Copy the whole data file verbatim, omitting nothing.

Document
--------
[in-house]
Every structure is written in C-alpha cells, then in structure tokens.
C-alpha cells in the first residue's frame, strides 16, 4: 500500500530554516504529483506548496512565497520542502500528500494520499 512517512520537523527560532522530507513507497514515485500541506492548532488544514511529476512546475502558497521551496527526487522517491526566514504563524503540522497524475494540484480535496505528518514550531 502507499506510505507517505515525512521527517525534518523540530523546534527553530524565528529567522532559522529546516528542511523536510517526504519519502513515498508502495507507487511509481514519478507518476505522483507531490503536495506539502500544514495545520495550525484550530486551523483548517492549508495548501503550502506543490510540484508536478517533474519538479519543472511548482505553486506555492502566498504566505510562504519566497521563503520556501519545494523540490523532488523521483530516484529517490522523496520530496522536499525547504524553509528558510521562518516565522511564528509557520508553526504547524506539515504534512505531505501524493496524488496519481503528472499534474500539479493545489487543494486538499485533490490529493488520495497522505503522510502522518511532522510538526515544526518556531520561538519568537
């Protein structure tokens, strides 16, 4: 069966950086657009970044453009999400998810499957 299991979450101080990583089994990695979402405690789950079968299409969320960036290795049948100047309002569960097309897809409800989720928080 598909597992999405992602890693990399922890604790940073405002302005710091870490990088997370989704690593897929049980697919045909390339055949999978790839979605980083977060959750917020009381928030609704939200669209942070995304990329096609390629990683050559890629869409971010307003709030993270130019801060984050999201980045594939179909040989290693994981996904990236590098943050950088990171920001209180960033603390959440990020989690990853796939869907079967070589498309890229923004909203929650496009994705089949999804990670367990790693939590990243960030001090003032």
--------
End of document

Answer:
[in-house]
Every structure is written in C-alpha cells, then in structure tokens.
C-alpha cells in the first residue's frame, strides 16, 4: 500500500530554516504529483506548496512565497520542502500528500494520499 512517512520537523527560532522530507513507497514515485500541506492548532488544514511529476512546475502558497521551496527526487522517491526566514504563524503540522497524475494540484480535496505528518514550531 502507499506510505507517505515525512521527517525534518523540530523546534527553530524565528529567522532559522529546516528542511523536510517526504519519502513515498508502495507507487511509481514519478507518476505522483507531490503536495506539502500544514495545520495550525484550530486551523483548517492549508495548501503550502506543490510540484508536478517533474519538479519543472511548482505553486506555492502566498504566505510562504519566497521563503520556501519545494523540490523532488523521483530516484529517490522523496520530496522536499525547504524553509528558510521562518516565522511564528509557520508553526504547524506539515504534512505531505501524493496524488496519481503528472499534474500539479493545489487543494486538499485533490490529493488520495497522505503522510502522518511532522510538526515544526518556531520561538519568537
């Protein structure tokens, strides 16, 4: 069966950086657009970044453009999400998810499957 299991979450101080990583089994990695979402405690789950079968299409969320960036290795049948100047309002569960097309897809409800989720928080 598909597992999405992602890693990399922890604790940073405002302005710091870490990088997370989704690593897929049980697919045909390339055949999978790839979605980083977060959750917020009381928030609704939200669209942070995304990329096609390629990683050559890629869409971010307003709030993270130019801060984050999201980045594939179909040989290693994981996904990236590098943050950088990171920001209180960033603390959440990020989690990853796939869907079967070589498309890229923004909203929650496009994705089949999804990670367990790693939590990243960030001090003032």